A Twist on What to Wear


Busy, trend-conscious women often have no time to go out and browse the shops to keep their wardrobes current and in style. Clothing exchange site Le Tote makes it possible to get fashion delivered to your door – and you can wear, enjoy, and exchange the clothing for something new. Le Tote took the Netflix concept of a monthly subscription for DVD’s (use, return and exchange) and twisted it with fashion and accessories to give women a curated, budget-friendly, easier experience.

For less than the cost of one outfit, you can have several outfits per month sent directly to your door to try out. There are no shipping fees and no set return dates, so the outfits can be kept indefinitely or you can try out several different outfits per month.

There’s a brief  “style profile” to fill out and based on that, your concierge fashion advisor sends you a Tote coordinated with two jewelry accessories and three garments (dresses, skirts, tanks and blouses) to try on. You can keep them as long as you like and when you return them another Tote will be sent in its place.

Le Tote has developed a unique niche within current consumer trends: subscription e-commerce, personalized curated shopper experience, and a community identity.

Brand School gives you the tools innovate new TWISTS to deliver more of what your customer is looking for. Find out if your business qualifies for a one-on-one Brand Health Check Strategy Session HERE.





“BrandTwist was instrumental in our rebranding strategy! Couldn’t be happier with her fresh ideas!” – Linda Rey, Rey Insurance

Twisting Luxury and Mass Market Fashion Brands


Today, the luxury fashion market is facing many challenges – as many business are. Mass brands are growing in reach and competing with Luxury brands, and Luxury brands are forming partnerships with Mass retailers to meet new audiences. This phenomenon of both trading-up and trading-down has increased in popularity over the past 15 years and has increased more than 40% annually in the last decade.

The co-branding strategy can:

  • Strengthen a brand
  • Differentiate a brand from the competition
  • Extend a brand into other segments through the partner brand.

However, one of the risks in co-branding is overexposure and brand dilution.

Luxury brand dilution occurs when there’s:

  •  An incorrect fit between co-branding partners
  •  Unbalanced prestige positioning in a mass market
  •  Overexposure
  •  Lack of successful co-branding management
  •  Unknown strategic purpose.

For example: at first Karl Lagerfeld and H&M seemed to be the perfect fit because they share similar values, but in the long-term the differences in management caused dilution of the Lagerfeld brand. While, Vera Wang and Kohl’s at first seemed an unlikely pair but ended up a good fit because they’re both interested in management and quality control throughout the collaboration.

Furthermore, Karl Lagerfeld limited his co-branding to H&M, therefore the brand received limited exposure. Vera Wang has been collaborating with both Kohl’s and Zales making the Vera Wang brand more accessible to more mass consumers.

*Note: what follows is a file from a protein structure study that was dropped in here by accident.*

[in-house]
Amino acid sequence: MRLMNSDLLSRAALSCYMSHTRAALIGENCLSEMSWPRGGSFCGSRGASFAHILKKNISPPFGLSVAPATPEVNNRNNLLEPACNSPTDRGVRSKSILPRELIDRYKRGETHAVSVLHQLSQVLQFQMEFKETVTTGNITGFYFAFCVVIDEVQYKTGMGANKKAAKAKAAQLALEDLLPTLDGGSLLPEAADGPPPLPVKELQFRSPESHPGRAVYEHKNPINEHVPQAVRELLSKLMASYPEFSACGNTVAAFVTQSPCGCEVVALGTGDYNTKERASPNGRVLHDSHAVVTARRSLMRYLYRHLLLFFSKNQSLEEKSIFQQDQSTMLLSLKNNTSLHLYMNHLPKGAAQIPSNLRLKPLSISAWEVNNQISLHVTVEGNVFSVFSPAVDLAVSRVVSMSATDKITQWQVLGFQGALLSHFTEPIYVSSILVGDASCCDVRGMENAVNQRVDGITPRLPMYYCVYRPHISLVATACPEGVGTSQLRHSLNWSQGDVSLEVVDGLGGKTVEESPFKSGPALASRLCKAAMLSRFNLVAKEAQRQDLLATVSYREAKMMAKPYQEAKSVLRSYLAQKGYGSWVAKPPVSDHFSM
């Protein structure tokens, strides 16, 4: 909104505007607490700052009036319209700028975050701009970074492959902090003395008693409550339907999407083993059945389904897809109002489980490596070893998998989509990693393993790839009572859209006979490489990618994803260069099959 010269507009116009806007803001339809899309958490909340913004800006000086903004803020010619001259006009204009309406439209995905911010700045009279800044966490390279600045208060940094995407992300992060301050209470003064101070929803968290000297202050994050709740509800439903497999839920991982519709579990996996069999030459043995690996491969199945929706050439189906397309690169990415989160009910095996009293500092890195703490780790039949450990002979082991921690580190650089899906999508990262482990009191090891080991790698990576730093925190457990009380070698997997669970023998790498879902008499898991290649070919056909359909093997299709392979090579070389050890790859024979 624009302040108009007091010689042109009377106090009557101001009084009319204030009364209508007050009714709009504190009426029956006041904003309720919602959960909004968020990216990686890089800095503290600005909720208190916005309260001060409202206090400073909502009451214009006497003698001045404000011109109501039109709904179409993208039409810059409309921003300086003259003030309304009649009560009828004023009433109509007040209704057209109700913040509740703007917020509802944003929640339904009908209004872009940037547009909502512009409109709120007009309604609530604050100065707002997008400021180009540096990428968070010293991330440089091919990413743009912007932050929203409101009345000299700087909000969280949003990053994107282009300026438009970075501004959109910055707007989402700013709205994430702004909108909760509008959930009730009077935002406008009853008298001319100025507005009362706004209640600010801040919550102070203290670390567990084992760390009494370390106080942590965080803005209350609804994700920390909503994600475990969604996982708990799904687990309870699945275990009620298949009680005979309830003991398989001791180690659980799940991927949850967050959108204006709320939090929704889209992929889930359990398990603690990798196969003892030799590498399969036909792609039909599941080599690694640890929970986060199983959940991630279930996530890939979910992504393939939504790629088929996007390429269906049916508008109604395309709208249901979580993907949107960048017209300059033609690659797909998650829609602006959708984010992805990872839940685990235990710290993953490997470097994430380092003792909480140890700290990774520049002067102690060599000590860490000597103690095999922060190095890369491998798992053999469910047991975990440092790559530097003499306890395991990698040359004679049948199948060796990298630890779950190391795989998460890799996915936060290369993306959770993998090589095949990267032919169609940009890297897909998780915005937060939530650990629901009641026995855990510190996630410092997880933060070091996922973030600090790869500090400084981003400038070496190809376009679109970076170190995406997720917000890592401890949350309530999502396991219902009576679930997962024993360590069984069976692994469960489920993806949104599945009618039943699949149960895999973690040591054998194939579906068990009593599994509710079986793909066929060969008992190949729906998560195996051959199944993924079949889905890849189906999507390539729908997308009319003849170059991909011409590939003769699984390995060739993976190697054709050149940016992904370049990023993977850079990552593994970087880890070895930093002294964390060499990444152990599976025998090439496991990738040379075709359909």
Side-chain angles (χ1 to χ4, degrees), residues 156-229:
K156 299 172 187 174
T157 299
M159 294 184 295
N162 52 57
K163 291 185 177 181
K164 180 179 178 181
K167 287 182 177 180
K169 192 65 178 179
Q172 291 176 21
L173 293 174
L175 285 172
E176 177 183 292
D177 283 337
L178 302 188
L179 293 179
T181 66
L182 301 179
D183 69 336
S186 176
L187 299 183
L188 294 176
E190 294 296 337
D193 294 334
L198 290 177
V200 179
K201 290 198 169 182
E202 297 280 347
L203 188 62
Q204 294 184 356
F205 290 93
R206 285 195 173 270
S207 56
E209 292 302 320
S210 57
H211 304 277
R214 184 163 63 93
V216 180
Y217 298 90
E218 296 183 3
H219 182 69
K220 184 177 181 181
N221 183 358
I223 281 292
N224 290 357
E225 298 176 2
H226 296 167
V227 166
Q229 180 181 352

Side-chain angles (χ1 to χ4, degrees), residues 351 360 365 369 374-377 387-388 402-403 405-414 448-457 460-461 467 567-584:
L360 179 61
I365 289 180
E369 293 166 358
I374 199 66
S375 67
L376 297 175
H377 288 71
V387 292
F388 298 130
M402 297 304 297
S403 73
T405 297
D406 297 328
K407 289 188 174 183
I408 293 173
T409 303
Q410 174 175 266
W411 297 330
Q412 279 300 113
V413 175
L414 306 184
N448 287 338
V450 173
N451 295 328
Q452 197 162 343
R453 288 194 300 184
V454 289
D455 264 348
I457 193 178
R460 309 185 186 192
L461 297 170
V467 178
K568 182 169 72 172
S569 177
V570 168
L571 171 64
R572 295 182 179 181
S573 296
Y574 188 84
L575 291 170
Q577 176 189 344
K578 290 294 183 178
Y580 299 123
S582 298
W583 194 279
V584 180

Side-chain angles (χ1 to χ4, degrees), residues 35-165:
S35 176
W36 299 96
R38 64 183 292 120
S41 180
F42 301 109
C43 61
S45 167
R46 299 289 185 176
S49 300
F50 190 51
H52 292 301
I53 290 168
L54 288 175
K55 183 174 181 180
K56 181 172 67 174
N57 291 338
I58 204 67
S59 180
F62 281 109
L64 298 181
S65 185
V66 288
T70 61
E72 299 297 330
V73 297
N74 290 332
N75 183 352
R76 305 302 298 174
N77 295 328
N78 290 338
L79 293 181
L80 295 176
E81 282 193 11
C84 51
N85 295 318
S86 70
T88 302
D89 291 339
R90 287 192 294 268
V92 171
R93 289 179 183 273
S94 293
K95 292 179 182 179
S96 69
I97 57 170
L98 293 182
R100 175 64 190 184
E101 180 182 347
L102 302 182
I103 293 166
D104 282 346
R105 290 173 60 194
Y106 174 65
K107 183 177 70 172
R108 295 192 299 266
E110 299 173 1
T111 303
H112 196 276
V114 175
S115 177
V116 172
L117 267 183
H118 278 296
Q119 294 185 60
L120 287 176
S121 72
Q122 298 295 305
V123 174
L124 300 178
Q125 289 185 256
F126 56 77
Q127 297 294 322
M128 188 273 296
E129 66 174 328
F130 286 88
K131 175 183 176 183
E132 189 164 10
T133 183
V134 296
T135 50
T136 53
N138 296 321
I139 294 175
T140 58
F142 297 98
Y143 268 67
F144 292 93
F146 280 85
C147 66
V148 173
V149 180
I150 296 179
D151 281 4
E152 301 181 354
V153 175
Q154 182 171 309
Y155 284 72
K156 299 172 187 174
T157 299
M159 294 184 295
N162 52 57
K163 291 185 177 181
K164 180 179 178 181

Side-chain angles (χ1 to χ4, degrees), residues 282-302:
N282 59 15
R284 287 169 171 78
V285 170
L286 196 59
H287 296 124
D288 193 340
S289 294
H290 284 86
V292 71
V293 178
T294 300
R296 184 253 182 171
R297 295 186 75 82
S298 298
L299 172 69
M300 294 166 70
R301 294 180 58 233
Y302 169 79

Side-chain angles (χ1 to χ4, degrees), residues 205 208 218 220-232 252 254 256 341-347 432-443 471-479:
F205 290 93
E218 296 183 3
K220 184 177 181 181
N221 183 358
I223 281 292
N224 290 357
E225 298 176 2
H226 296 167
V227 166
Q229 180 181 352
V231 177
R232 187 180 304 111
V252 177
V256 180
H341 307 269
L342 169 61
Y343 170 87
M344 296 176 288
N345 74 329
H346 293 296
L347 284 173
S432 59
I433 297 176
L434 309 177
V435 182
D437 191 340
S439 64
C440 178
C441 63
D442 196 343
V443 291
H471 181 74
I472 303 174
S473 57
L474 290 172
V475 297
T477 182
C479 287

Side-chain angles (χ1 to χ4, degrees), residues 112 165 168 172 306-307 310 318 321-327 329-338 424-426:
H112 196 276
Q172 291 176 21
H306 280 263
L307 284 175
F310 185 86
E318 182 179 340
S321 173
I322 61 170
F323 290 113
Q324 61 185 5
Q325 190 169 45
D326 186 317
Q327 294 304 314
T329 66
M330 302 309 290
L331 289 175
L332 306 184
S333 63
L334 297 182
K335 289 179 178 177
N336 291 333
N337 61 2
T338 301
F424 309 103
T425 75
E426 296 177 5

It may seem like Lagerfeld missed out on receiving big gains from the co-branding collaboration especially with some brand dilution, but both Lagerfield and Wang ended up benefitting from the partnerships. The strategic aim of Karl Lagerfeld was to gain knowledge, consumers and awareness through collaborating with H&M, and after the collaboration, he made his own masstige collection for the mass market. Whereas, Vera Wang’s SimplyVera collaboration with Kohl’s was to increase her consumer segment and branch into the lifestyle market.

What lessons can your businesses learn from these collaborations?

As the world becomes more accessible, brands need to follow suit and become more accessible to reach broader audiences. Collaborations and partnerships are powerful tools to help spread brand awareness, but it’s important to have a firm understanding on what your desired benefit is – before you launch a partnership.

Having a solid brand vision is essential when designing the next step to grow loyal brand followers. Brand School gives you the tools you need to recognize the right market for your business and chart the right course for the future. See more about our next session and a one-on-one Brand Health Check Strategy Session HERE.

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“Brand School is a must class for you! The exercises really help you to focus and re-focus on what branding your company is all about. You will get results you can use for the future,” – Brenda Dillion Cavette,  Fashionista Tea

About the Author:  

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Melanie Walt was born in Switzerland and has lived in many parts of the world. She recently finished her Master degree in Brands, Communication and Culture and has a Bachelor degree in Management with Marketing from the University of London. She is currently seeking job opportunities in the field of Marketing in Switzerland. Contact Melanie via: walt.melanie@bluewin.ch 


If you would like to be a BrandTwist guest blogger, please contact Jamie@herculiz.com.

Keep Your Eye on the Customer and Brand Like Warby Parker


Warby Parker, is a brand with its eyes on its customers’ needs. It has grown in just 4 years from an e-commerce-only business to having retail locations in ten cities throughout the U.S. They’ve sold over 500,000 eyeglasses and distributed over a million, world-wide. What lessons can your brand learn by twisting with this innovative brand?

Founder David Gilboa along with his Wharton Business School friends Neil Blumenthal, Andrew Hunt, and Jeffrey Raider set out to challenge the conventional eyeglass business model, but couldn’t imagine they’d achieve so much success, in such a short time.

How were they able to innovate, compete, grow a loyal following and create customers who can’t stop raving about the brand in such a short time? Here are some key takeaways from Warby Parker that you can apply to your business to help keep your brand in the focus of your customer’s eye: